Taking a trip abroad means experiencing something new – exciting food, different cultures and unfamiliar traditions. However, you might also discover new risks to your health.
On holiday, you might come across everything from snakes in the grass to insects that harm more than just your picnic food. Let's look at which animals can cause health troubles on your travels.
Travelling to different places means it's likely you'll encounter different creepy crawlies. But the scariest-looking insects aren't necessarily the most dangerous. Often it is the humble mosquito which can pose the biggest risk as they carry diseases. Here are some diseases that insects could carry.
Mosquitos can carry:
- Yellow fever
- Dengue fever
- West Nile Virus
- Japanese encephalitis
Ticks and lice can carry:
- Typhus fever
- Lyme disease
- Japanese encephalitis
Other bugs and flies can carry:
- Leishmaniasis (sand flies)
- Chagas disease (assassin bugs)
- Sleeping sickness (testse flies)
- Plague (fleas)
Before you fly off to your chosen destination, spend some time researching which of these insects (if any) you have a chance of encountering. That way, you'll know what to look out for, and what to do if you did get bitten.
Avoiding insect bites
Before you go
The best way to prevent an insect-borne illness is to try to avoid being bitten. However, it's often easier said than done, so here are some steps you can follow.
- Go to a local travel clinic or your GP and let them know where you’re visiting. They’ll ensure you get all the necessary immunisations to keep you protected.
- It’s important to get any necessary injections and medicines before you go because failing to do so could invalidate your insurance policy if you try to make a claim.
- Stock up on insect repellent – you might not be able to buy it when you're there so it’s wise to pack extras in your case.
During your travels
- Wear insect repellent
- Wear light-coloured fabrics so you can spot insects like ticks on your clothing more easily
- Try to cover as much skin as you feel comfortable with - long sleeves and trousers are advised at dawn and dusk when insects are more active, and tuck trousers into socks in areas with ticks
- Shake out any clothing before you put it on
- Check yourself for rashes or bites when possible – even if you just do it in the shower, discovering a possible sign of a bite could help you treat it before falling ill.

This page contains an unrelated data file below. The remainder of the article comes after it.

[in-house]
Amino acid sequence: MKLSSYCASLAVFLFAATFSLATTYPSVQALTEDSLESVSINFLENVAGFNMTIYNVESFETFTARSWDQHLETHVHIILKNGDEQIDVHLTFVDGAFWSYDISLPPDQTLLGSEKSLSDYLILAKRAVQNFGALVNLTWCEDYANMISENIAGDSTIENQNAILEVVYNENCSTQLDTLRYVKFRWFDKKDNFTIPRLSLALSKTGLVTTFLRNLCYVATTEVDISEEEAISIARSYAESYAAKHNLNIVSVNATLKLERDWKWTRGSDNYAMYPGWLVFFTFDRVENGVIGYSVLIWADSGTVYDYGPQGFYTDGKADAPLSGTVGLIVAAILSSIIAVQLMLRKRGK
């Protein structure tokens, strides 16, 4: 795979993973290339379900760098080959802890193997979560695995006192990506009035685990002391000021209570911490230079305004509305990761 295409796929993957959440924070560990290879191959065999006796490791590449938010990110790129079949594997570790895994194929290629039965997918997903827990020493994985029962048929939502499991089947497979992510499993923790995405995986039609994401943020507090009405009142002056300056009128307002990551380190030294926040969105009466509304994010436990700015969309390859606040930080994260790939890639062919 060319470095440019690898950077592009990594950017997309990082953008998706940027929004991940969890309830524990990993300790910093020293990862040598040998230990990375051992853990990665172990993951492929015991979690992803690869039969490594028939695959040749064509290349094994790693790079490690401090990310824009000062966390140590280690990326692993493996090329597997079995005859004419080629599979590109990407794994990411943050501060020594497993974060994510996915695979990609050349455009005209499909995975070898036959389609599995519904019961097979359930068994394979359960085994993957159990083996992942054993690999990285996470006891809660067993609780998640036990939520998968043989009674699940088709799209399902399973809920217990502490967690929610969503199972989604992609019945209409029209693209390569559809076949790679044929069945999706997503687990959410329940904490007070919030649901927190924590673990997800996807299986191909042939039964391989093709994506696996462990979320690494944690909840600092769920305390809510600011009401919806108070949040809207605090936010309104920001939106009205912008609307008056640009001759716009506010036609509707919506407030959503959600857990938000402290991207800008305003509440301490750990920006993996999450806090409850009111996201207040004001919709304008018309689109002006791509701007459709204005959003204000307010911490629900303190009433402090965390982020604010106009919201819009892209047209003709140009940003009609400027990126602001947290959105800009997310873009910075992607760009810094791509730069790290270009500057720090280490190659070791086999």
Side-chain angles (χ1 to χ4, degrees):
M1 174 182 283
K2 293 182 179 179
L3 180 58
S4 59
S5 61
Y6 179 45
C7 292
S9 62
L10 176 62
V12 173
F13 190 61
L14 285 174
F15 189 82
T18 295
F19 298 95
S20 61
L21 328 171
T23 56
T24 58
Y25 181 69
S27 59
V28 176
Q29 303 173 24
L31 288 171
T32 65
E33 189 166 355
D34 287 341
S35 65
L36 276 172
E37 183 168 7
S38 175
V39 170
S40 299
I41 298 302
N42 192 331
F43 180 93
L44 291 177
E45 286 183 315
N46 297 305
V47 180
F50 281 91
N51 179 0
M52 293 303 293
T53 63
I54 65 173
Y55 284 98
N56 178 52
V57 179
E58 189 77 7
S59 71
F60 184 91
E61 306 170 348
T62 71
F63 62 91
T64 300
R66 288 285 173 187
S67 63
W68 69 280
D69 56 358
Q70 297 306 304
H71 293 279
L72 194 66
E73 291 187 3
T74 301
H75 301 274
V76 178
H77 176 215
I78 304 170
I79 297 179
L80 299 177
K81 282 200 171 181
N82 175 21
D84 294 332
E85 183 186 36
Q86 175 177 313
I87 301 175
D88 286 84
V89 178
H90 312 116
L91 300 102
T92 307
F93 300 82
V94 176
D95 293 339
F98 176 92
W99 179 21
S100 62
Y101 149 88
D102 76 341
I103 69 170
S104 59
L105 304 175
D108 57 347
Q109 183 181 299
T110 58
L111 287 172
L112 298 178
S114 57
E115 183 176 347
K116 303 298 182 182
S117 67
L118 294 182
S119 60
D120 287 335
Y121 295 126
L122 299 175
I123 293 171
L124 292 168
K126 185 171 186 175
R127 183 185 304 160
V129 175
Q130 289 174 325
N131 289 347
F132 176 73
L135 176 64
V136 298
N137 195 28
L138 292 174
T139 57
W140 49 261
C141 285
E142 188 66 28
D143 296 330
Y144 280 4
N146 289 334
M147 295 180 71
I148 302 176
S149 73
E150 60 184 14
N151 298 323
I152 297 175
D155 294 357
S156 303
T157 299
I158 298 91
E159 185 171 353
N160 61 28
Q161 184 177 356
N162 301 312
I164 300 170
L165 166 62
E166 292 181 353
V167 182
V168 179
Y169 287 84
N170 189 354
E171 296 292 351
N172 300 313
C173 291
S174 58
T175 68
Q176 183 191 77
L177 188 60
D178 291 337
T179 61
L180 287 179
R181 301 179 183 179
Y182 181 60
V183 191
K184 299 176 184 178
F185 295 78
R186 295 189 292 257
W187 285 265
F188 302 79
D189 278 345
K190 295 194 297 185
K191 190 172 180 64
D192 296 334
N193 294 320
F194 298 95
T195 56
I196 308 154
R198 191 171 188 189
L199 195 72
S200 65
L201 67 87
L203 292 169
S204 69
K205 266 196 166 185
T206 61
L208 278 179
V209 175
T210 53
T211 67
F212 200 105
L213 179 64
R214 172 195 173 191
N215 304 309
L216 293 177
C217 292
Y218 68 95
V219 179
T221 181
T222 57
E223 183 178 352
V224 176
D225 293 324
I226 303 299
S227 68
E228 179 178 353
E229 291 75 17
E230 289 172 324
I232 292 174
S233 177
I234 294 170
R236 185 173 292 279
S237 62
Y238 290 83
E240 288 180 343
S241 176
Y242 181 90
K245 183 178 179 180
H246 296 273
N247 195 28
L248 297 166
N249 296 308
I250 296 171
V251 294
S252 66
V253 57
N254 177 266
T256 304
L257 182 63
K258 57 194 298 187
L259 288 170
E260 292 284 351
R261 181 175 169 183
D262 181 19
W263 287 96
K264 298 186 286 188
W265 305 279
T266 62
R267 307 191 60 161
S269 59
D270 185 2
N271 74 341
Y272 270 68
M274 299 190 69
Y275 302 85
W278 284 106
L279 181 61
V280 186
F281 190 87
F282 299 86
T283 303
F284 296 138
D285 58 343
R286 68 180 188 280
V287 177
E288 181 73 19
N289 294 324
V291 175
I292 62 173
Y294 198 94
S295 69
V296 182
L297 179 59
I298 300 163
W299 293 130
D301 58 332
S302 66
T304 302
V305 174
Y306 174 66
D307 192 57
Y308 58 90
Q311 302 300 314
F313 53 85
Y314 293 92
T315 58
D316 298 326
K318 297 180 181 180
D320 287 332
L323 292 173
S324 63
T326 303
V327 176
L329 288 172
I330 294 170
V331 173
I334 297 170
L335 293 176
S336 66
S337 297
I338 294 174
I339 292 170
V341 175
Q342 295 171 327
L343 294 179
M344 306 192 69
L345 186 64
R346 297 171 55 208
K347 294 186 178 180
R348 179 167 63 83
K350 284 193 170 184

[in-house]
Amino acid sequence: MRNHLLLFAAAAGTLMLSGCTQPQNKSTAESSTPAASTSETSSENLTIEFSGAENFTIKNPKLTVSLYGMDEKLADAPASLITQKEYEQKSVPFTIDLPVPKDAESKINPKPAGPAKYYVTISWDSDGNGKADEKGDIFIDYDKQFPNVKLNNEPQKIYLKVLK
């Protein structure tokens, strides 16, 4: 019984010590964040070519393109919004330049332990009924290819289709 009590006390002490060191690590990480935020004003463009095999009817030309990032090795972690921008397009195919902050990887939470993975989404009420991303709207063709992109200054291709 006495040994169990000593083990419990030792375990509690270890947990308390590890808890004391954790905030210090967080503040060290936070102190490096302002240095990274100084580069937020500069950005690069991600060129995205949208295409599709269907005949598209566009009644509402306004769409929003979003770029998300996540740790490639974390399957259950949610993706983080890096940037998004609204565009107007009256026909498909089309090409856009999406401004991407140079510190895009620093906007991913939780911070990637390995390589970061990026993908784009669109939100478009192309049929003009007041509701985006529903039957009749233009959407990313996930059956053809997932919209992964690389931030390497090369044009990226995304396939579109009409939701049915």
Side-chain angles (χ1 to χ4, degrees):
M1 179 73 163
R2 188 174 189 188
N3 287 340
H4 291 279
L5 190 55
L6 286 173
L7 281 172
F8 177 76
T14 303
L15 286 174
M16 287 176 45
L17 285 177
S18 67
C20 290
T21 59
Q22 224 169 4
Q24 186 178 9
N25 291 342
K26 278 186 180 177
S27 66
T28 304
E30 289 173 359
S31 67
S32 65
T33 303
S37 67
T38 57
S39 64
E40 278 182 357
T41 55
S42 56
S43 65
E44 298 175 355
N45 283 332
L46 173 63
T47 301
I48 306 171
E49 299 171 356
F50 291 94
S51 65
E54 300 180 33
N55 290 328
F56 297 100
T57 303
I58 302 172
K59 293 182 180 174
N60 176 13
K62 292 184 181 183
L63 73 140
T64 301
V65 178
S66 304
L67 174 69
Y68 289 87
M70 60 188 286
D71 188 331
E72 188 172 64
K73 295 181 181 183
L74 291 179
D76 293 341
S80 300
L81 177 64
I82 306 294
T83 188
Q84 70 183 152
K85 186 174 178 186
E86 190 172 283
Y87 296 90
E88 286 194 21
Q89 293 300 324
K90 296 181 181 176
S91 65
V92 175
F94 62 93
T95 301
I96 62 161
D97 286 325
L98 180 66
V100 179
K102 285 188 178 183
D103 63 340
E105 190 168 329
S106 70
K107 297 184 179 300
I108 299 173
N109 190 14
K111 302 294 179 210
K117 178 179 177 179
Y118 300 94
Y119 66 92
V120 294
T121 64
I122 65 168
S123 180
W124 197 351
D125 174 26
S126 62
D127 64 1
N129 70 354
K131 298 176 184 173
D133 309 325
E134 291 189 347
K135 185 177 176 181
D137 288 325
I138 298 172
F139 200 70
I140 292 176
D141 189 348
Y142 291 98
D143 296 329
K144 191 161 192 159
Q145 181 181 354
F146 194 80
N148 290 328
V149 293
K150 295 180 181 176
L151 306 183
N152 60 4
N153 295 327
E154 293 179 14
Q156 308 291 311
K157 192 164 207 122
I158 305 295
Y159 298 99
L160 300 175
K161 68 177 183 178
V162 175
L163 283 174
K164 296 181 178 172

Spider bites from UK-native spiders are mostly harmless, but spiders in different climates can be venomous. Apply the same rules as above to avoid a spider bite, but know what to look out for in case you do get bitten by one.
Symptoms of spider bites can vary, but often there'll be a red line coming away from the bite. You could also develop flu-like symptoms. If you notice any of these symptoms, seek medical attention to make sure.
Although a snake bite is a small risk to most travellers, it’s still a possibility. Snakes come in all forms and live in most climates, including forests, deserts, swamps and grasslands.Though feared by many, snakes are generally not that aggressive. They only bite if they’re disturbed.
How to avoid a snake bite
- If you’re out camping, sleep in a bed raised off the ground.
- When it’s dark, use a torch to check your path.
- Try to walk around long grass and dense foliage where possible.
If you’re bitten:
- Whether you think it’s a venomous bite or not, seek medical attention as soon as you can.
- Avoid washing the area as any venom left on the skin can help identify what type of snake it was.
- Immobilise the limb and apply a high-pressure bandage to the area.
- If possible mark the area of the bite with a pen so you can see if any venom starts to spread.
A selfie with a monkey might be a ritual for many holidaymakers, especially around countries in Asia, but a bit of monkey business could lead to some seriously ill health. Monkey bites are the second most common animal bite risk to travellers after dog bites, according to the World Health Organisation.
Risks from monkey bites include wound infections, herpes B virus, and rabies. Try to appreciate the animal kingdom from a far - use the zoom on your camera and, unless you've been given the all-clear by a knowledgeable tour guide, don't get too close to any wildlife.
Cats and dogs
Seeing stray dogs and cats abroad is not unusual in many countries. It might be tempting for you to pet them, but as cute as they look, you need to be a bit more cautious abroad.
Stray animals abroad can carry diseases such as rabies, and they may act more aggressively than a trained pet, meaning you could end up with a nasty bite. Even friendlier felines or playful pooches could cause you problems – you might end up with fleas if you let them get too close.
Stay protected and have fun
We don’t want you to be afraid of experiencing anything new – the world is big and needs to be explored. So rest assured that with the right travel insurance, if a little critter leaves you feeling unwell on your holidays you'll have some protection.